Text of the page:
I’ve been attending a webinar series for the past week and a half. Every day for a couple of hours at a time, I listen to the instructor of the day share their particular area of expertise. This past Monday night was on marketing and was very informative and helpful.
The presenter for this session was Melissa Galt. I greatly enjoyed her style in the presentation. I found it disturbing though, the lack of professional courtesy of some of the attendees in the comments they were making. Really, why do some people feel the need to be such jerks?
In this presentation she mentioned Ponts of connection. I’ve heard the phrase before, but never explained to the depths that she did in her presentation this night. Points of connection for those not familiar are the things you have in common such as attending the same school, common interests, favorite restaurants, stuff like that. Men do this all the time by connecting over a game of golf. Alright, I suppose women do too but I don’t play golf so just go with me on this.
This is why writers connect with other writers. No one else understands a writer like another writer. Even though our techniques, methods, quirks, and difficulties may vary there’s a sense of camaraderie. Consider this, as a writer you are researching the effects of various poisons to see what the visual effects would be, what evidence would be left behind and how it would be detected or not by forensics. Have that discussion with a nonwriter friend and they will be looking at you rather oddly, and will be very guarded around you. However, have that same conversation with a writer, and they get it. They understand why you need to know the details to know how to write the story and how the clues will be discovered to solve the case. Of course you have to take into consideration the person that overhears that conversation and starts thinking you’re some sort of serial killer, and blanches completely white when they happen to see you in Walgreens. (Really, it’s the little pleasures in life after all.)
I found the information that Melissa shared very helpful in our business as well as in my writing. Marketing is a key area for any author. Isn’t it the “top-selling author” that we all dream of some day? One main reason I wanted to attend this webinar is that I don’t know enough about marketing. It takes different techniques to market to the boomers than it does to Gen Xr’s, or Gen Y’s.
For a writer, you have to consider who is your target audience. Hmm, same as in the business world. Where is your target audience? Are they local, regional, global? Instead of listening to the devil’s advocate of why write the book, think about who would want to read your book. Trust me, there are like-minded people out there like you whether your book is about voodoo economics or is a fantastical tale about dragons. OH, did I mention I’m writing a story about dragons? (shameless plug)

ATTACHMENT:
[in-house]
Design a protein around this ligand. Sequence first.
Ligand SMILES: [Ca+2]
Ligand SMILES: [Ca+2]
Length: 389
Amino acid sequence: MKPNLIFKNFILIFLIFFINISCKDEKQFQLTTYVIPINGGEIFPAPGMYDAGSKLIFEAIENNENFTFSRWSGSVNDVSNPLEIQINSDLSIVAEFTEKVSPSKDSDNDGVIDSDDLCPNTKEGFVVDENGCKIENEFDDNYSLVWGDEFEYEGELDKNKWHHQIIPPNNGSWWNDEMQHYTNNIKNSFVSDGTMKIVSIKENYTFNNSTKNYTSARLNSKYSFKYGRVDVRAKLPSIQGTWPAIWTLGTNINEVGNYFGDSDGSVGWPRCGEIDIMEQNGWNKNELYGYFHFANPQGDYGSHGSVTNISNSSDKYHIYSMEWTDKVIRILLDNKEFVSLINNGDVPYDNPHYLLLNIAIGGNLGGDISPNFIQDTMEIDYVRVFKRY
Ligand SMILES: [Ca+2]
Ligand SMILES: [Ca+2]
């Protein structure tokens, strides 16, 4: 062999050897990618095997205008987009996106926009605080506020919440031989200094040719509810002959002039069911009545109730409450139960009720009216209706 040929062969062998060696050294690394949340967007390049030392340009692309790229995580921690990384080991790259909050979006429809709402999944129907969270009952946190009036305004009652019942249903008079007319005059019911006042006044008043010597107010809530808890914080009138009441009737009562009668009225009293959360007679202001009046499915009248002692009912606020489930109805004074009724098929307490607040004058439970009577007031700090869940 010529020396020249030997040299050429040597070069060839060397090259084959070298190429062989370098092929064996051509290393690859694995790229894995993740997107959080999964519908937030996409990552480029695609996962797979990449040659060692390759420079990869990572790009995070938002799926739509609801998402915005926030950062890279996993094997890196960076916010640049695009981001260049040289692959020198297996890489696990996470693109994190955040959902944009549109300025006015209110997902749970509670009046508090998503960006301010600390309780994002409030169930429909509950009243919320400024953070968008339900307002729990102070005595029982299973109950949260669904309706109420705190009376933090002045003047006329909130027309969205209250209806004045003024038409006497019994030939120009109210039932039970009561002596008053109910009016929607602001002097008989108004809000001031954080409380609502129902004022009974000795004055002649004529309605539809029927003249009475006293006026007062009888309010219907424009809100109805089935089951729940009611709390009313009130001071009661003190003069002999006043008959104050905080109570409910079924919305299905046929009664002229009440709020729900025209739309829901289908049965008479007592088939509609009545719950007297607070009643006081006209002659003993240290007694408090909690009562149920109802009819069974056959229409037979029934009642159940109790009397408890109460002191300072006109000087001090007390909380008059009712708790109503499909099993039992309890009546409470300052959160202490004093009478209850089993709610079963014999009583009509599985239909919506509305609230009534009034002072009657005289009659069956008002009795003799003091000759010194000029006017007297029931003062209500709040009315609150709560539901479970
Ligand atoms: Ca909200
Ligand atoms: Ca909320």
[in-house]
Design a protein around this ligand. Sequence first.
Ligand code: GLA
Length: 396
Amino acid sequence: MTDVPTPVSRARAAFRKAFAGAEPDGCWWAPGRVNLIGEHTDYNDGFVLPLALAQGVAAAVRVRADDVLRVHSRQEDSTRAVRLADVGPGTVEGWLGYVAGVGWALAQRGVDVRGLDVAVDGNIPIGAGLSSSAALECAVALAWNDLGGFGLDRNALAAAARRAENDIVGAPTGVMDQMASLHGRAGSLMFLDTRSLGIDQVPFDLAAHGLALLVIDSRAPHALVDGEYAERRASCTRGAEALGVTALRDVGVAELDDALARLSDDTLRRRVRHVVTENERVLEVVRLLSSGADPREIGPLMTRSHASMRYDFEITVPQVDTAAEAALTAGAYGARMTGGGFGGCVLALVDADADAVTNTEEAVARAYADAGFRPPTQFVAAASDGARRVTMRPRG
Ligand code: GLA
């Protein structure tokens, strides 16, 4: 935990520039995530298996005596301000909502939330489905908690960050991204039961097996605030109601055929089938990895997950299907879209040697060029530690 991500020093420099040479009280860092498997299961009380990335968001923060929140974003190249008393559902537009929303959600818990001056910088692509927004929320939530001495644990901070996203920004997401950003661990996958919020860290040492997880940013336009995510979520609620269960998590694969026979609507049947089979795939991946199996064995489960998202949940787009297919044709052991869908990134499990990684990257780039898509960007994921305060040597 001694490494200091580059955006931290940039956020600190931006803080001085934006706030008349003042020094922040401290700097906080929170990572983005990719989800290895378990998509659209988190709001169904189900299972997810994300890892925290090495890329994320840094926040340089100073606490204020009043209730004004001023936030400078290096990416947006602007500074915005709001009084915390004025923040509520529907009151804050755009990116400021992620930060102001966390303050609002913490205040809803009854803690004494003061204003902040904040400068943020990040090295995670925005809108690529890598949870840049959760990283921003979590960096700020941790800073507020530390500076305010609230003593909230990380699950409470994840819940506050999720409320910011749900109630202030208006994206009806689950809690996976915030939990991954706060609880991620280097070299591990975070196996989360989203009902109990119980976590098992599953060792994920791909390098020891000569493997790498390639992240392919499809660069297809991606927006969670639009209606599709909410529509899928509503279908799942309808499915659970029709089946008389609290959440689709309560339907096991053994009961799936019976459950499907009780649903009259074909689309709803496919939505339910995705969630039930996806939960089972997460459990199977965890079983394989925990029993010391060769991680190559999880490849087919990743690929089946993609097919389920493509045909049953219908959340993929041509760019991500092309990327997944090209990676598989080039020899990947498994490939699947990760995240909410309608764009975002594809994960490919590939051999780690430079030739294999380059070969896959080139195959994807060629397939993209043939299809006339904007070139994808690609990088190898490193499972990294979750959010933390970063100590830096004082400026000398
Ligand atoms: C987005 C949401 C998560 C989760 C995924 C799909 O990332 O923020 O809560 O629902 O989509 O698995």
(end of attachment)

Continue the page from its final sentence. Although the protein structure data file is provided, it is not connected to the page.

I wouldn’t buy a book on accounting or nursing because to me those subjects are a big yawn. If that’s your thing great, it just isn’t mine. Taking into consideration though, what my audience would look like would be people who are interested in the same types of things I like. Melissa gave an excellent breakdown on the 80/20 principle. With that in mind I’ve begun my cliff notes bio, keeping my points of connection forefront in my mind as I consider my target marketing questionnaire.
In this age of cyber connects: Facebook, Twitter, LinkedIn, and Pinterest marketing has never been easier to connect worldwide.
If you’re interested in learning to market your business, your books, or yourself better check out this site: www.superchargesuccess.com Insider Tricks for Growing Your Business. There are a couple of resources that are available on her page for free that are well worth the time to look at.
One very valuable little tidbit that Melissa shared was her acronym for CREATE. This is really the ‘piece de resistance’ to success in marketing.
- Act (Interact)
- Engage – EXCITE!
It’s not about how many, it’s about how hot you are! I know some people who have thousands of friends, thousands of likes but they are really rather flat Stanleys and their followers are superficial. On the other hand , you may only have 100 followers but they are white-hot, supporting you and encouraging you to keep doing what you’re doing.
This morning I got some feedback from my first real fan. I have a couple of prepub readers who are anxious to read my scribblings, but none have ever given me the feedback like my friend Melissa Venerable. I’m going to take Melissa with me when I tour Scotland, as I know she has similar appreciation for all things Scot.
Here’s part of Melissa’s comments:
I really think it is hot. I am no writer…just a reader and I love what I have been reading. I feel like a junkie wanting so desperately to have more of my choice of drug…not that I know what a junkie goes through…I think your descriptions and details are amazing…feels like I can see it as a movie in my head.
WOW! I’ll even say it backwards, WOW! Is there any higher compliment a writer can get? I’ve been on cloud nine all day feeling empowered. Somebody gets me! Somebody gets my writing, and in a way that I was shooting for. Notice that comment about the movie in her head? Yeah.
I’ve learned some valuable information in my webinars AND gotten high praise from an eager reader. If I had some chocolate this would be the perfect day!